The 70s-esque personality of the Dynasty goes beyond it looks alone. On paper, the Dynasty sounds like quite a contemporary car for its time: Front wheel drive, Fuel-injected V6 engine, 4-speed automatic transmission with overdrive, driver’s side air bag, anti-lock brakes. But when you slip into the overly soft bench seat, buckle up, yank the column mounted gear shifter into drive, and gaze down at the rectangular dashboard, with a rectangular instrument panel, complete with rectangular speedometer and rectangular fuel gauge, you’ll find a different story. As one reviewer put it in the early-90s, the Dynasty/New Yorker was, in regards to looks and driving feel, “about as modern in as a leisure suit”.

Like the traditional American autos of yore, there is little shortage of power in this comparatively lightweight 6-cylinder sedan. It’s not going to burn up the track, but passing on the freeway is not a problem. There is no denying that the Dynasty shines in straight-line highway cruising with its pillow-soft suspension and isolated fingertip steering. The Dynasty’s handling is adequate and even competent for what is it, but it is probably still best to save those twisty mountain roads for your 3-Series convertible (because if you own a Dynasty, obviously your other car is going to be a 3-Series convertible).

Despite its disco-era overall design, the Dynasty quickly became one of Chrysler Corp’s best selling car lines. I suppose it just goes to show that boring does sell, and while the LH Intrepid that replaced it was a refreshing break from the past and proved to be just as popular, there were still a fair amount of customers who wanted a comfortable no-nonsense American-style family sedan. Most of those customers turned out to be rental fleets and government motorpools… but hey, beggars can’t be choosers can they?

Sunday, December 13, 2009

Toyota Echo

There are few car designs that I view as truly, truly ugly. Sure, there are plenty of cars that are somewhat unattractive, but to be "ugly" an automobile has to really hurt your eyes when you look at it.

The Toyota Echo is one of those cars.

Whenever I happen to gaze upon one of these little buggers in traffic (not often, thankfully) I can faintly hear the cries of my retinas begging for mercy. Why? The Echo is a small car. Certainly nothing wrong with in and of itself. The predecessor the Echo, the Toyota Tercel, was quite a small car too. Yet the Tercel was pleasant to look at. Boring yes, very boring in fact... but pleasant. Somehow Toyota managed to design a replacement that was the complete opposite.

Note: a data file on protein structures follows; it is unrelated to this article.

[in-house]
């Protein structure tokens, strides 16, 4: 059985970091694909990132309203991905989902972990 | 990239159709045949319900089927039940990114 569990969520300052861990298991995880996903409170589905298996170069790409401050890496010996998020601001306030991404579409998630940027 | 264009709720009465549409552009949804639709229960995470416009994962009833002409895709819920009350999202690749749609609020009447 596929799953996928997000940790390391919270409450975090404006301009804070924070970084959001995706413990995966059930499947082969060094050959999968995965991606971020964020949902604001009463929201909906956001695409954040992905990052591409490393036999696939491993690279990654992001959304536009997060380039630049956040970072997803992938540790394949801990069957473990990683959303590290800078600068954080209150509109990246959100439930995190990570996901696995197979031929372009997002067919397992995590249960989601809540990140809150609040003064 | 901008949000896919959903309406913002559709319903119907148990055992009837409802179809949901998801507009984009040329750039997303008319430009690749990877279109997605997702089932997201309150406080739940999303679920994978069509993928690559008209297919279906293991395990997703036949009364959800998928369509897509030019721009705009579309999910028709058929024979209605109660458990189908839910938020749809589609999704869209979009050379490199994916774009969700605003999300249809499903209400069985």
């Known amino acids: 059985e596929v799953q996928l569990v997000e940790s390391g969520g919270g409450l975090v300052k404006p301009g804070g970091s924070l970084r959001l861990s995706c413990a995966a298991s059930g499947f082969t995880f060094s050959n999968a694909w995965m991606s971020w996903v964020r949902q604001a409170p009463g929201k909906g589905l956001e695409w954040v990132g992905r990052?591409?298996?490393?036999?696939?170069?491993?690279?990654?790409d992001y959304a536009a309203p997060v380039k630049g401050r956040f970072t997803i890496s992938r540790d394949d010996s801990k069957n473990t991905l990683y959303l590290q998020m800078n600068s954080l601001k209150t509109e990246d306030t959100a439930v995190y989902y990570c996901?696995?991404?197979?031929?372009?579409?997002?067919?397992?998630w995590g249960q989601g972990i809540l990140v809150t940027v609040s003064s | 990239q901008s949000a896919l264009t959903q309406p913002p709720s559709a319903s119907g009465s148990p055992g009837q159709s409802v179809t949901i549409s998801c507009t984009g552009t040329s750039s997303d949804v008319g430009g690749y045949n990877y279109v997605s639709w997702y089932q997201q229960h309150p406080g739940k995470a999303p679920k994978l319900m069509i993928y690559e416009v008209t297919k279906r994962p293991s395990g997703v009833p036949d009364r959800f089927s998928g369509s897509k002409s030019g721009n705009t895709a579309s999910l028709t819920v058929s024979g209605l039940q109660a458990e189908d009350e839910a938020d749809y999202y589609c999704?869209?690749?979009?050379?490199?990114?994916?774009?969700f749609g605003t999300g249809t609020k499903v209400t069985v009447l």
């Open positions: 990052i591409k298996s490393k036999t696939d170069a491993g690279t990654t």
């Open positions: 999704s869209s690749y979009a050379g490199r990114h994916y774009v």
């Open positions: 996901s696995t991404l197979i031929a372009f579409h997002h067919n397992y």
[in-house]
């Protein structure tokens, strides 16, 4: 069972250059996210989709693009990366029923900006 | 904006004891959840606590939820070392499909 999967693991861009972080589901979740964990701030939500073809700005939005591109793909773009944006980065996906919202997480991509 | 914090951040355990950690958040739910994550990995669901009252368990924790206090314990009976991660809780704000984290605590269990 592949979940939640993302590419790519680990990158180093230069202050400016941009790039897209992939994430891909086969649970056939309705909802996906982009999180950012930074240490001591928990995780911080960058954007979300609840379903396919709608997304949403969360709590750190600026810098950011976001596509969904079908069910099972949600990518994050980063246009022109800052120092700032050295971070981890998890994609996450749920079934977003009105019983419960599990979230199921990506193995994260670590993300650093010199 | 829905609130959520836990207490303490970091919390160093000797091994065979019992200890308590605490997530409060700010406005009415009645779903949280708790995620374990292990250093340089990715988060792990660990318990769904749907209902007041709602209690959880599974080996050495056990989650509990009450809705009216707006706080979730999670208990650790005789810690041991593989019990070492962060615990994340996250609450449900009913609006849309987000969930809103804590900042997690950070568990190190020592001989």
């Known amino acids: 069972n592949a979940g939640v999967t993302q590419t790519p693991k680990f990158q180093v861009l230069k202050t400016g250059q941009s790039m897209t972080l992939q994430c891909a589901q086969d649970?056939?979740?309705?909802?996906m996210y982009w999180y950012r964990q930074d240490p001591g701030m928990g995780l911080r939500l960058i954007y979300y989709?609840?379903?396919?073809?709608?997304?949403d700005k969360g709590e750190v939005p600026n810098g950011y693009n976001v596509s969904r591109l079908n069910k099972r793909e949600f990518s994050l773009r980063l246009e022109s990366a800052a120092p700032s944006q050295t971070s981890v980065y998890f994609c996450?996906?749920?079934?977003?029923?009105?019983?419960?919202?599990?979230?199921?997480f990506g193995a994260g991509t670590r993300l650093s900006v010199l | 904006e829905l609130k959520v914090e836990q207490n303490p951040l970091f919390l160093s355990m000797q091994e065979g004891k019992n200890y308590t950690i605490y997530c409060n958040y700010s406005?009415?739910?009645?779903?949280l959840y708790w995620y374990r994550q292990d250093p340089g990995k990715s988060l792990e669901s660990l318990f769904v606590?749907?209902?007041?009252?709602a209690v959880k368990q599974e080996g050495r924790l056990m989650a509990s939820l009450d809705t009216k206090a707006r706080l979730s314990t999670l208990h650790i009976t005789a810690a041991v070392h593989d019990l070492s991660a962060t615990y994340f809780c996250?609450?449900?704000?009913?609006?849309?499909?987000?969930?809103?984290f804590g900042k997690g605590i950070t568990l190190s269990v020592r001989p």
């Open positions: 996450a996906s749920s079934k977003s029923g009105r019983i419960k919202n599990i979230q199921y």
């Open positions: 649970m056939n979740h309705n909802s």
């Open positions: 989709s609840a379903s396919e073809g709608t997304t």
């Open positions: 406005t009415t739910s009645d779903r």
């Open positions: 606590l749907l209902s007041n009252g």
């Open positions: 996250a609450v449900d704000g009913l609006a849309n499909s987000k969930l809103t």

The problem with the Echo is that it is a small car that wants to be a big car. The Echo is very short in length. Well duh... it's a subcompact. Thing is, it is also very tall. Very tall. This makes the Echo's appearance similar to that of a five-year-old clomping around in her mommy's high-heels. Sorry Toyota, that's not an attractive look. I'm sure the design affords scads of headroom and a better view of the road but... but... ugh. Adding insult to injury Toyota felt it necessary to tack on Pontiac Aztek-style gray plastic cladding along the rocker panels and wheel wells. I don't think anything more needs to be said about that detail. Then of course, there are the rear quarter panels. Larger cars can handle the now universal "low hood, high deck" profile with some amount of grace, but the Echo's abbreviated economy car dimensions cause the horizontal area to be too scrunched up. To be fair, this is an issue with all modern cars in Echo's size class, the Chevrolet Aveo being a good example. Another unfortunate effect of the gargantuan rear fenders is that it gives the impression that the rear wheels are six inches too small (maybe it just needs some DUBs?).

But there's something about the Echo that makes it far more offensive than the Aveo, or any other subcompact econocar. Maybe it's those comically over sized flower petal headlights. Maybe it's those inexplicably awkward teardrop points coming together in the center of the grille. Or maybe it's the fact that I can't see, but KNOW that there's that dreadful center-mounted instrument cluster sitting there in the middle of the dashboard. Whatever it is, I don't think my opinion of the Echo could get any lower than it is now. Generally, most economy cars become virtually extinct about 25 years or so after the final ones are produced. Here's hoping the Echo will not be an exception.